Comment


                    • #11
                      Originally posted by Neil Gendzwill
                      a month off isn't going to kill you.
                      I have NCKF champs coming up this weekend... .. Then i'll take a couple of weeks off...

                      Tim

                      Comment


                      • #12
                        See if you can get one of those heel pad things, although I'm leary of my footing in them.

                        Comment


                        • #13
                          Originally posted by Neil Gendzwill
                          See if you can get one of those heel pad things, although I'm leary of my footing in them.
                          They do take a little getting used to and I only wear mine when I need it. The Yamaya model that is made of neoprene, reinforced with leather, and fastened with a velcro strap, is pretty sweet. It gives good arch support as well as padding the heel. It's about $25 USD.

                          What people call a "heel bruise" is sometimes really plantar fasciitis. The plantar fascia are strands of connective tissue that connect the heel to the ball of the foot, and help provide the arch on the inside of the foot. When we stamp hard, the arch of the foot flattens, and the plantar fascia are stretched, sometimes to the point of tearing away from the attachment on the heel bone. It can happen even with good footwork, through sheer repetition.

                          One thing that helps me is to wear a shoe all the time. If you normally take your shoes off in the house, get some slippers with substantial rubber soles and wear them in the house.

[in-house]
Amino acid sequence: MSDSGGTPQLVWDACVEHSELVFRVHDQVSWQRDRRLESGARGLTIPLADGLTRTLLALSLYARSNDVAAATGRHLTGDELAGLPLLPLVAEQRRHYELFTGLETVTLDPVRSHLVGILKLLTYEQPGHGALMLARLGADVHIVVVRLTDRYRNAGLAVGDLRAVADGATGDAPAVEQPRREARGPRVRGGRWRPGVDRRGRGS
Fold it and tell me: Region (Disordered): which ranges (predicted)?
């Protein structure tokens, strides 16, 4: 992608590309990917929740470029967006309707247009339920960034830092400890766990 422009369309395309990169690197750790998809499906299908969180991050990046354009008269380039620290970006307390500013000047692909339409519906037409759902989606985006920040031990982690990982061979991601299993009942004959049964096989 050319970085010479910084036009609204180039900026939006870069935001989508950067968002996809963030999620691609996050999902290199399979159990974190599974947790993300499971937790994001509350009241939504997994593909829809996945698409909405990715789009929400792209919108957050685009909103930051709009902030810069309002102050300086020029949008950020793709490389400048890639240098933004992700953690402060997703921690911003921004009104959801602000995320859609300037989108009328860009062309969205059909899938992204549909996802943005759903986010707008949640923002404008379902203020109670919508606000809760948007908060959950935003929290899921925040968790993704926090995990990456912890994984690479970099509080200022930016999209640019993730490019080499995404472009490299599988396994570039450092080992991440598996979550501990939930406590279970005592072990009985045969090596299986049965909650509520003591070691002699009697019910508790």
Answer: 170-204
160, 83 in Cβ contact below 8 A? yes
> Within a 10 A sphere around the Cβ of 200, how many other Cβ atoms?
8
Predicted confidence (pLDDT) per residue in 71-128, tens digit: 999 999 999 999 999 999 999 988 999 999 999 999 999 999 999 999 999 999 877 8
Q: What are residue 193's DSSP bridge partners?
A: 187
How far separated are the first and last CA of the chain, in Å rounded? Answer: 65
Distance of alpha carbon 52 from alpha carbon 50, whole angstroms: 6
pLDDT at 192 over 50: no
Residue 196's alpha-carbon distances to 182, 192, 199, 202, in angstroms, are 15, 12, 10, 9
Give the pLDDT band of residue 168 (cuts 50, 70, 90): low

You can also get heel inserts for your regular shoes. I recommend the polyurethane type. They don't wear out because they are noncompressible, and absorb the shock through deformation.

                          If it gets really bad, an orthopedist might give you some relief through hydrocortisone injections. Most people would have to be in a lot of pain before they would consider enduring an injection in the heel.

                          Comment


                          • #14
                            Its my right foot.
                            I was wearing a heel pad already when I got the bruise.
                            I dont believe its a bad habit that i have adopted ( I made a mistake by leaning back and trying to fumikomi forward causing my right foot toes to look up and making the impact right on my heel).

                            In any case, I'm going to the store today and gonna purchase some bruise ointments.

                            Also , 1 month is way too long to wait for it to heal. Its not my WHOLE heel surface but RIGHT at the edge of it and its literally shaped like JAPAN. I am thinking of taping with a little piece of cushion on the bruise, and then wear my heel pad to practice.


                            I dont have 1 month to spare especially because of upcoming events.

                            Comment


                            • #15
                              Originally posted by Flylkorean
                              I
                              Also , 1 month is way too long to wait for it to heal. Its not my WHOLE heel surface but RIGHT at the edge of it and its literally shaped like JAPAN. I am thinking of taping with a little piece of cushion on the bruise, and then wear my heel pad to practice.

                              I dont have 1 month to spare especially because of upcoming events.
                              Well, it's unlikely that it's just from one impact that the damage has occured...and if you were already using a heelpad, then it sounds like it has happened before?.
                              The heel is extremly slow healing and you can easily do permanent damage.

                              Jakob

                              Comment

                              Working...
                              X